Mao Zedong and the Making of Communist China

From the lecture series: Turning Points in Modern History

By Vejas Gabriel Liulevicius, Ph.D., University of Tennessee, Knoxville

Born in 1893 in the Hunan province of China, Mao Zedong was the son of a peasant landlord. He admired Napolean and started the transformation of communist China. He was determined to overtake the Soviet Union, China’s former ally and all the other capitalists. How did he go about it?

The photo shows Tiananmen Square with Mao Zedong's portrait.
On October 1, 1949, Mao stood above the Tiananmen Square in Beijing and proclaimed the establishment of the People’s Republic of China. (Image: Atosan/Shutterstock)

China and the First World War

In 1912, the Manchu (or Qing) dynasty was overthrown by Chinese nationalists, and the Chinese republic was proclaimed. The revolutionary movement was led by Sun Yat-sen, who founded the new Kuomintang nationalist revolutionary party to modernize China. The aims of this party were to promote national independence, progress, and science.

Yet, even in the republic, unequal treaties with foreign powers remained in force, and China’s continuing inferior status internationally was made bitterly clear in the aftermath of the First World War. China had entered the war against Germany, but according to the Treaty of Versailles of 1919, Germany’s colonial holdings in China were not returned to China, those holdings were awarded to Japan.

This truly shocking news provoked a huge Chinese demonstration on May 4, 1919. Thousands of students from Beijing University gathered in masses at the Tiananmen Square to protest and denounce this international treatment of their country. This resulted in a larger movement which was called the May Fourth Movement.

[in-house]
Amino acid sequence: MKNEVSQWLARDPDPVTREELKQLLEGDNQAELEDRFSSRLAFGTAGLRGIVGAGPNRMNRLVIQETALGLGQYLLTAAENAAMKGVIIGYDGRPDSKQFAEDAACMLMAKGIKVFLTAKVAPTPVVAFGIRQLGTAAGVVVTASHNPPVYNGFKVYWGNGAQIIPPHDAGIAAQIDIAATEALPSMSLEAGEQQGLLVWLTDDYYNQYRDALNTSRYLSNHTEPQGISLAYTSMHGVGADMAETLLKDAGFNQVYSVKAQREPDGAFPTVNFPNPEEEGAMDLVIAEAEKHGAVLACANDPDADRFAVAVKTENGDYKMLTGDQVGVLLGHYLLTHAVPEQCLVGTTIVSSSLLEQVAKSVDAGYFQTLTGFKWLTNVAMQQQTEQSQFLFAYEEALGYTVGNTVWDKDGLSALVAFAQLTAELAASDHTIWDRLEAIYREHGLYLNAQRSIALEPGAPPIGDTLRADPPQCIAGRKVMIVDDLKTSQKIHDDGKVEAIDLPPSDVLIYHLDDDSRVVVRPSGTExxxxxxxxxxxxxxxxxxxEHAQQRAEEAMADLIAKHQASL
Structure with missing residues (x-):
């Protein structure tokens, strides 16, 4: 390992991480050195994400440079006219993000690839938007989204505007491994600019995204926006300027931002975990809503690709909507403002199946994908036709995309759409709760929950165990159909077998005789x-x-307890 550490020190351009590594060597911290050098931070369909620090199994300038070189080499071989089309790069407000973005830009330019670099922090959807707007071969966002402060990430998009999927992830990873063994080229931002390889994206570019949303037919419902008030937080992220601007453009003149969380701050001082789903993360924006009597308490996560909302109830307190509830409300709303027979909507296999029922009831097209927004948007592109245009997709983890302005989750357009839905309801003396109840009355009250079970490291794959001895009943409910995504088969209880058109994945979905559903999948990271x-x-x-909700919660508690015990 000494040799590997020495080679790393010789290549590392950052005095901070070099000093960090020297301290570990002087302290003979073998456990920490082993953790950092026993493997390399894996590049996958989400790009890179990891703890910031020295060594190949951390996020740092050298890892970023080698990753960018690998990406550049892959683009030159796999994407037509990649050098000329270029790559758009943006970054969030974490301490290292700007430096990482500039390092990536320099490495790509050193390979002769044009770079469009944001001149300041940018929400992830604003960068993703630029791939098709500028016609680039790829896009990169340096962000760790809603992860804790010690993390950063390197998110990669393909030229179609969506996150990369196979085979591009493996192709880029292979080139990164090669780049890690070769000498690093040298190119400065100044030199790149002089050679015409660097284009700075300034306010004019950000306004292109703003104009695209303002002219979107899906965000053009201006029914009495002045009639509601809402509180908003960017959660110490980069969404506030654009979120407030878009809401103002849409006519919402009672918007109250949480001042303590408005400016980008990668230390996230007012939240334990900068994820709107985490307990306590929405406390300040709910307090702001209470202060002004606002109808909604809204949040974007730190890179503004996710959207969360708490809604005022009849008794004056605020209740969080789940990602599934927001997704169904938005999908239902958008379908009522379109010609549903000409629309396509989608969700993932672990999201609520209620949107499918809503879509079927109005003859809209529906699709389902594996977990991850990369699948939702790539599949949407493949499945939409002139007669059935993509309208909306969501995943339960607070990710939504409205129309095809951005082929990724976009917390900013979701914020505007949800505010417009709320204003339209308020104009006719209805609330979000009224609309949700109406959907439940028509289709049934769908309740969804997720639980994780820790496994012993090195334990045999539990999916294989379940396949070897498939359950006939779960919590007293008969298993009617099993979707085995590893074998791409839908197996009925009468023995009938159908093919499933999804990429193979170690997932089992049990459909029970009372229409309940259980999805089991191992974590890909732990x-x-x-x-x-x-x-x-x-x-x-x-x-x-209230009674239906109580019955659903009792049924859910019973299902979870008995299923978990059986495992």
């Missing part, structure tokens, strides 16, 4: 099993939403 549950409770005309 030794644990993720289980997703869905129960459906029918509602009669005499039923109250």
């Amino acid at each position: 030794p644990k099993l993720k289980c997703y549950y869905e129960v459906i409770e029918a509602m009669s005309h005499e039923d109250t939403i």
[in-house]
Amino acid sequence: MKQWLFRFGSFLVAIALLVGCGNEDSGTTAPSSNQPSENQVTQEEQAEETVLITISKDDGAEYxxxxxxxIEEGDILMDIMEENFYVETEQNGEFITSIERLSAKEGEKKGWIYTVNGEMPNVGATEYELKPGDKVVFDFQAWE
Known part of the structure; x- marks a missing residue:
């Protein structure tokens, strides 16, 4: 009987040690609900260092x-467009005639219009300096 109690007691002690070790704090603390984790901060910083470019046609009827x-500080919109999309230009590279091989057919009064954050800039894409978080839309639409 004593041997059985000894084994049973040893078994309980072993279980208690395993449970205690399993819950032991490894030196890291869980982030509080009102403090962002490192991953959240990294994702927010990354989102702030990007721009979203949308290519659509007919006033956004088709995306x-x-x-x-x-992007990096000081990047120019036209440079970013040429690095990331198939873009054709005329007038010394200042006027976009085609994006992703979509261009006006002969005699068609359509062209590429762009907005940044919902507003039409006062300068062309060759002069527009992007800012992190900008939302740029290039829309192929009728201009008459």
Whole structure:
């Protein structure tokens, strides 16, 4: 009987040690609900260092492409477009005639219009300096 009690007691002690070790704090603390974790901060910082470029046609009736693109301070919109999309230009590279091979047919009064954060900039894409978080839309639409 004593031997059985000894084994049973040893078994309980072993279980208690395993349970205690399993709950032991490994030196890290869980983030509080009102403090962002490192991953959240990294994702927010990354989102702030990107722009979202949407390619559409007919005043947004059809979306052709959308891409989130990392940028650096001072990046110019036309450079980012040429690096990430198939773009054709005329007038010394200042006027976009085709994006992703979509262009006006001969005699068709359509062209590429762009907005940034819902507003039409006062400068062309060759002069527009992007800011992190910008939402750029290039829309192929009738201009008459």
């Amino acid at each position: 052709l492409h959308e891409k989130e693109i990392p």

This is a transcript from the video series Turning Points in Modern History. Watch it now, on The Great Courses Plus.

The Advent of Mao Zedong

In the midst of all this turbulence, the Chinese Communist Party was founded in the year 1921 by some radicals of Beijing University. A young assistant in the university library named Mao Zedong was among these radicals. For these communists, the answer to China’s problems was in another ideology that was imported from the west—Marxism. The so-called program of scientific socialism of Marxism promised to eradicate class exploitation by establishing an ultimate dictatorship of the working class. The Chinese Communists looked above all to the new Soviet Union which had been established by Lenin and the Bolsheviks in the wreckage of the Russian empire.

During this period, China not only had to handle the conflict between the nationalist government and the communist but it also had to confront the invasion of Japanese imperialism. The Japanese-Chinese war continued from 1937 to 1945 and this was one of the starting points of the second world war.

An estimated 15 to 45 million Chinese people died in this war. Peace did not come to China even after the end of the war. Now, communists under Mao Zedong resumed the civil war with the nationalist government in full force. Ultimately, this conflict ended by 1949, when the nationalist forces retreated to Taiwan, where they claimed (and still claim) that they were the legitimate rulers of all of mainland China.

Learn more about the Treaty of Westphalia.

Establishment of People’s Republic of China

On October 1, 1949, Mao stood above the Tiananmen Square in Beijing and proclaimed the establishment of the People’s Republic of China. Mao said,
“We, the 475 people of China have stood up and our future is infinitely bright.” This commenced the making of a new nation that was based on the modern communist model, and it happened at a tremendous human cost.